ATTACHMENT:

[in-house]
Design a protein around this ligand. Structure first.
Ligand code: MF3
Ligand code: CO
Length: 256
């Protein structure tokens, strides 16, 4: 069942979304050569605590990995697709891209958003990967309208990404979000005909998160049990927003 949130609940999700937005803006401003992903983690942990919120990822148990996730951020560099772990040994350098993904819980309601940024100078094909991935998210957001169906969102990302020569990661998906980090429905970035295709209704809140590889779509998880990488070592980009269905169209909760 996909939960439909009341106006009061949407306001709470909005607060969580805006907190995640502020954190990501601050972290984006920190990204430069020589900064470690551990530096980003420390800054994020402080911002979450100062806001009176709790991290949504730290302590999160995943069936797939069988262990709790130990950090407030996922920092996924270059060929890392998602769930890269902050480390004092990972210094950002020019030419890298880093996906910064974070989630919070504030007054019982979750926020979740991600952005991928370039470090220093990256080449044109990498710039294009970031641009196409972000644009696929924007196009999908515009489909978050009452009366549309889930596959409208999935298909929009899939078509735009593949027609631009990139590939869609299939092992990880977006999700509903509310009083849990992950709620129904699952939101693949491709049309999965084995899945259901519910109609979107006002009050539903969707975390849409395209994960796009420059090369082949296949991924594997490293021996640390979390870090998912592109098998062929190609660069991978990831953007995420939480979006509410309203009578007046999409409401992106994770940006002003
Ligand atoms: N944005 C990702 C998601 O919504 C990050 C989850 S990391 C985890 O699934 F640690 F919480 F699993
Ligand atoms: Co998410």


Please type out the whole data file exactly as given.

[in-house]
Design a protein around this ligand. Structure first.
Ligand code: MF3
Ligand code: CO
Length: 256
């Protein structure tokens, strides 16, 4: 069942979304050569605590990995697709891209958003990967309208990404979000005909998160049990927003 949130609940999700937005803006401003992903983690942990919120990822148990996730951020560099772990040994350098993904819980309601940024100078094909991935998210957001169906969102990302020569990661998906980090429905970035295709209704809140590889779509998880990488070592980009269905169209909760 996909939960439909009341106006009061949407306001709470909005607060969580805006907190995640502020954190990501601050972290984006920190990204430069020589900064470690551990530096980003420390800054994020402080911002979450100062806001009176709790991290949504730290302590999160995943069936797939069988262990709790130990950090407030996922920092996924270059060929890392998602769930890269902050480390004092990972210094950002020019030419890298880093996906910064974070989630919070504030007054019982979750926020979740991600952005991928370039470090220093990256080449044109990498710039294009970031641009196409972000644009696929924007196009999908515009489909978050009452009366549309889930596959409208999935298909929009899939078509735009593949027609631009990139590939869609299939092992990880977006999700509903509310009083849990992950709620129904699952939101693949491709049309999965084995899945259901519910109609979107006002009050539903969707975390849409395209994960796009420059090369082949296949991924594997490293021996640390979390870090998912592109098998062929190609660069991978990831953007995420939480979006509410309203009578007046999409409401992106994770940006002003
Ligand atoms: N944005 C990702 C998601 O919504 C990050 C989850 S990391 C985890 O699934 F640690 F919480 F699993
Ligand atoms: Co998410």